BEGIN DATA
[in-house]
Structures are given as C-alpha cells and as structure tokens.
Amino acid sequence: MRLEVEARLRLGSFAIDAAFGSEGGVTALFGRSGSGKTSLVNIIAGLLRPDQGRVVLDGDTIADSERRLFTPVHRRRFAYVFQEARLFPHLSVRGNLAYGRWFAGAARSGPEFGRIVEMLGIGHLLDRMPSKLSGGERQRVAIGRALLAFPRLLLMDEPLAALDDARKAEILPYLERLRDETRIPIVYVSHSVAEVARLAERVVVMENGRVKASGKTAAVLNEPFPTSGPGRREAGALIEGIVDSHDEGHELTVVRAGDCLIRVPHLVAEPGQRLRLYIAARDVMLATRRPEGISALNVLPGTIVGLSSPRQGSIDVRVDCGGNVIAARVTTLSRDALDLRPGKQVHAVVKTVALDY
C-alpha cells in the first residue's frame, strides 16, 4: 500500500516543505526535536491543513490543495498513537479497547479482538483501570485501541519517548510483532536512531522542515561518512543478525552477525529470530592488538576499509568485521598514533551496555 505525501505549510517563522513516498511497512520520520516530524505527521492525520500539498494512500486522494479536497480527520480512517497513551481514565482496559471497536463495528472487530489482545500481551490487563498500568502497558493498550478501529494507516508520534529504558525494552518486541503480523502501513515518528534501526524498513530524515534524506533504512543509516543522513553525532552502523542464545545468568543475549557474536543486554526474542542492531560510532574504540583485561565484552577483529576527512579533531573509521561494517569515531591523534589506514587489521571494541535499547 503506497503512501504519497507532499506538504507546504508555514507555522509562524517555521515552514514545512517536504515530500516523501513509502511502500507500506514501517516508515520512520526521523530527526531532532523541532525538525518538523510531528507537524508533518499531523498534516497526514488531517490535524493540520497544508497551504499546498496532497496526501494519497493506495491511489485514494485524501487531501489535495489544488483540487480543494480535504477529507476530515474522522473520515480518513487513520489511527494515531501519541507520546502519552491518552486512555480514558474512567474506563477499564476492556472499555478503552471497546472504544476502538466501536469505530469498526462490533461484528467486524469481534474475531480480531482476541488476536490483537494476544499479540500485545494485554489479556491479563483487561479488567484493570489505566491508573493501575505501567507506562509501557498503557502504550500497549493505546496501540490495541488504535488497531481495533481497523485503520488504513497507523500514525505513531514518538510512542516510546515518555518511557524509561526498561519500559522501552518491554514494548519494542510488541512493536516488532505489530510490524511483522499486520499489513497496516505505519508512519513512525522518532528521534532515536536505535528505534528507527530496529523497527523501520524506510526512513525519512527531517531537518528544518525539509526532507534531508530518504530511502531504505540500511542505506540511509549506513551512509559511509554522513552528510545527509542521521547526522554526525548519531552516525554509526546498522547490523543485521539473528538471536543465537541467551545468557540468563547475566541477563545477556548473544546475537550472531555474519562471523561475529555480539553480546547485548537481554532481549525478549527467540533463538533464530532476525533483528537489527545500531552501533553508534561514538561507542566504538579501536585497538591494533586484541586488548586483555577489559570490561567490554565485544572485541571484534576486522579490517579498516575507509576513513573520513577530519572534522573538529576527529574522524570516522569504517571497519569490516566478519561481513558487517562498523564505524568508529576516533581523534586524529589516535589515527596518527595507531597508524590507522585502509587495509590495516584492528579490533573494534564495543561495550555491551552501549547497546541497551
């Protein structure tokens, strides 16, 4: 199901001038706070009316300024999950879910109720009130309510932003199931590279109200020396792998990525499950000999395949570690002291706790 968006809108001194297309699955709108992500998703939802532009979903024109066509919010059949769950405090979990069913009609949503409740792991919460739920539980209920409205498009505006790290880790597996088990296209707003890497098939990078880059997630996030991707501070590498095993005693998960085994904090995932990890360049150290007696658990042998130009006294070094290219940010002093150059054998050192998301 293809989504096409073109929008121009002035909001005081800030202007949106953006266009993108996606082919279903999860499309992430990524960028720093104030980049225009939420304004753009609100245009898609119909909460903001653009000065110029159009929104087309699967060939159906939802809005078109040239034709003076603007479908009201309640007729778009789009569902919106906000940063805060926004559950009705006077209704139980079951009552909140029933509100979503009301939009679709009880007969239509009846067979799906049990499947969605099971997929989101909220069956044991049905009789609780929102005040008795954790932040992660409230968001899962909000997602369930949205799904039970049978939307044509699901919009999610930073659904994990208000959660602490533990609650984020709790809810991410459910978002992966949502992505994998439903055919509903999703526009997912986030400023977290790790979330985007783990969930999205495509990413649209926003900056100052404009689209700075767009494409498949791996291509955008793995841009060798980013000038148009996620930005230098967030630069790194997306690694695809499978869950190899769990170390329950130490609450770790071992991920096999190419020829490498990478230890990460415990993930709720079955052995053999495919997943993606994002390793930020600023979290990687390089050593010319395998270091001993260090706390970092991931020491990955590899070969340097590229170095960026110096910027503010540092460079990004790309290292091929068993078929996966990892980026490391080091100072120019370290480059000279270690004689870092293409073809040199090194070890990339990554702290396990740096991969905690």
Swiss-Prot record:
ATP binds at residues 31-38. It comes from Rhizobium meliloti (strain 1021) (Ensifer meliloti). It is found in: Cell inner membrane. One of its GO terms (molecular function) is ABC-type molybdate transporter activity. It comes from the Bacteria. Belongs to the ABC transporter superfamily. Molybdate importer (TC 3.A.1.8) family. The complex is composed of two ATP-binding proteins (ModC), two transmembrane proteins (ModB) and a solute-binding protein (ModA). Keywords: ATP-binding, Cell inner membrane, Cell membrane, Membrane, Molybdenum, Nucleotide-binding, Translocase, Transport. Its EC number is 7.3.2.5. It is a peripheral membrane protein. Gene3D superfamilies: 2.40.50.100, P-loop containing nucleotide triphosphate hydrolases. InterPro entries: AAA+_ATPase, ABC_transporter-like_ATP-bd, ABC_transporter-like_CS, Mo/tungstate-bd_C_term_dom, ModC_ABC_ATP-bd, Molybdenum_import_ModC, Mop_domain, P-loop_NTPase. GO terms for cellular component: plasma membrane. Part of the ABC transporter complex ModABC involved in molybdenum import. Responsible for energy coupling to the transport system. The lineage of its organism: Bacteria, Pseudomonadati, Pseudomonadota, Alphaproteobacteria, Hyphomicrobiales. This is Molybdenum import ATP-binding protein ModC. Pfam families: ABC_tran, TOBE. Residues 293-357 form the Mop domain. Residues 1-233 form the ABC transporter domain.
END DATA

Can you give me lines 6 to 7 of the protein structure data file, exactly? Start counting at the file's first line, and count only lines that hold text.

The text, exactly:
Swiss-Prot record:
ATP binds at residues 31-38. It comes from Rhizobium meliloti (strain 1021) (Ensifer meliloti). It is found in: Cell inner membrane. One of its GO terms (molecular function) is ABC-type molybdate transporter activity. It comes from the Bacteria. Belongs to the ABC transporter superfamily. Molybdate importer (TC 3.A.1.8) family. The complex is composed of two ATP-binding proteins (ModC), two transmembrane proteins (ModB) and a solute-binding protein (ModA). Keywords: ATP-binding, Cell inner membrane, Cell membrane, Membrane, Molybdenum, Nucleotide-binding, Translocase, Transport. Its EC number is 7.3.2.5. It is a peripheral membrane protein. Gene3D superfamilies: 2.40.50.100, P-loop containing nucleotide triphosphate hydrolases. InterPro entries: AAA+_ATPase, ABC_transporter-like_ATP-bd, ABC_transporter-like_CS, Mo/tungstate-bd_C_term_dom, ModC_ABC_ATP-bd, Molybdenum_import_ModC, Mop_domain, P-loop_NTPase. GO terms for cellular component: plasma membrane. Part of the ABC transporter complex ModABC involved in molybdenum import. Responsible for energy coupling to the transport system. The lineage of its organism: Bacteria, Pseudomonadati, Pseudomonadota, Alphaproteobacteria, Hyphomicrobiales. This is Molybdenum import ATP-binding protein ModC. Pfam families: ABC_tran, TOBE. Residues 293-357 form the Mop domain. Residues 1-233 form the ABC transporter domain.